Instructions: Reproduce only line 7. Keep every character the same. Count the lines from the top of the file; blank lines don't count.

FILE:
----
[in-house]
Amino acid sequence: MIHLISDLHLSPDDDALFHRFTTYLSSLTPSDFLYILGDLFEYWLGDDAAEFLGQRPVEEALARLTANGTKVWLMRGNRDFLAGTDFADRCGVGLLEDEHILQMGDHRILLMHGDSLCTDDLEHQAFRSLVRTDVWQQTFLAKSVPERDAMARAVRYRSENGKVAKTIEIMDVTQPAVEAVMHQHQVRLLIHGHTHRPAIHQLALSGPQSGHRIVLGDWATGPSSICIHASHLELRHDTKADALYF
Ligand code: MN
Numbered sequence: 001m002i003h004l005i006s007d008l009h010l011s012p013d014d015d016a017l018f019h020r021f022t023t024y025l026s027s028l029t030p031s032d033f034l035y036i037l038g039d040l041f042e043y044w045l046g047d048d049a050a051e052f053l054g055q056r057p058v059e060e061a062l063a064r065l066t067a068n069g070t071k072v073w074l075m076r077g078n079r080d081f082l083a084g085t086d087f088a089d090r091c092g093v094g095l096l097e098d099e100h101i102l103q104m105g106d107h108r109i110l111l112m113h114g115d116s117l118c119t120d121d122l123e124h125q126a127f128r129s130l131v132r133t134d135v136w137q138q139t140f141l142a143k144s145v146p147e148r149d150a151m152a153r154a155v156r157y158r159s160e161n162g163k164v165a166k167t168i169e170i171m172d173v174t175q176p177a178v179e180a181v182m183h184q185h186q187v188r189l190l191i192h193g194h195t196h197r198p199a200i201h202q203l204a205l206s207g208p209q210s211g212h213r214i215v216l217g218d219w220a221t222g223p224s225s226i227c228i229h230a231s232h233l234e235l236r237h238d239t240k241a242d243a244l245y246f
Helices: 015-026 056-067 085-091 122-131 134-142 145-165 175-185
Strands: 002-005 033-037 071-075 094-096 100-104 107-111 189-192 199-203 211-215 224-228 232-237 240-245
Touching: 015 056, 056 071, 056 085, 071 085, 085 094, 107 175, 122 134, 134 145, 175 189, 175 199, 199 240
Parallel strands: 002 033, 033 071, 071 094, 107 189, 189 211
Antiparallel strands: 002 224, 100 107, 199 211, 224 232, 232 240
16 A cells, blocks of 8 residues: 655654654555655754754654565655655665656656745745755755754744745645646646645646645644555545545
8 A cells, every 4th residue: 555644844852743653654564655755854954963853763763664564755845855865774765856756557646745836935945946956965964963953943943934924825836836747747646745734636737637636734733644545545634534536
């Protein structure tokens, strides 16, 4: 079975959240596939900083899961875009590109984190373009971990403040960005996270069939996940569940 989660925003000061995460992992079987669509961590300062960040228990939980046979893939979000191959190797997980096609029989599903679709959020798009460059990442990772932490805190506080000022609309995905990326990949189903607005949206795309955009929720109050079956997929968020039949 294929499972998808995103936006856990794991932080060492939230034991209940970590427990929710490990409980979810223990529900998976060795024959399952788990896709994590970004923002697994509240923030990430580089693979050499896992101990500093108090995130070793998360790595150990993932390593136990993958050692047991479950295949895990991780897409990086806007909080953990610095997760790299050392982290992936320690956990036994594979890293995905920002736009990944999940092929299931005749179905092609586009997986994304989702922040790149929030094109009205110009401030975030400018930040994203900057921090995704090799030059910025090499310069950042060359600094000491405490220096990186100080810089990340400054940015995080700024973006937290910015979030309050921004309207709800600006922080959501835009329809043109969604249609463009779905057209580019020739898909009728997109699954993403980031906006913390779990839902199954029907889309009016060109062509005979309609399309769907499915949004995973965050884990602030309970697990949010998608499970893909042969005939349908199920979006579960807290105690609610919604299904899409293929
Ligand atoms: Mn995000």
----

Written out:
Touching: 015 056, 056 071, 056 085, 071 085, 085 094, 107 175, 122 134, 134 145, 175 189, 175 199, 199 240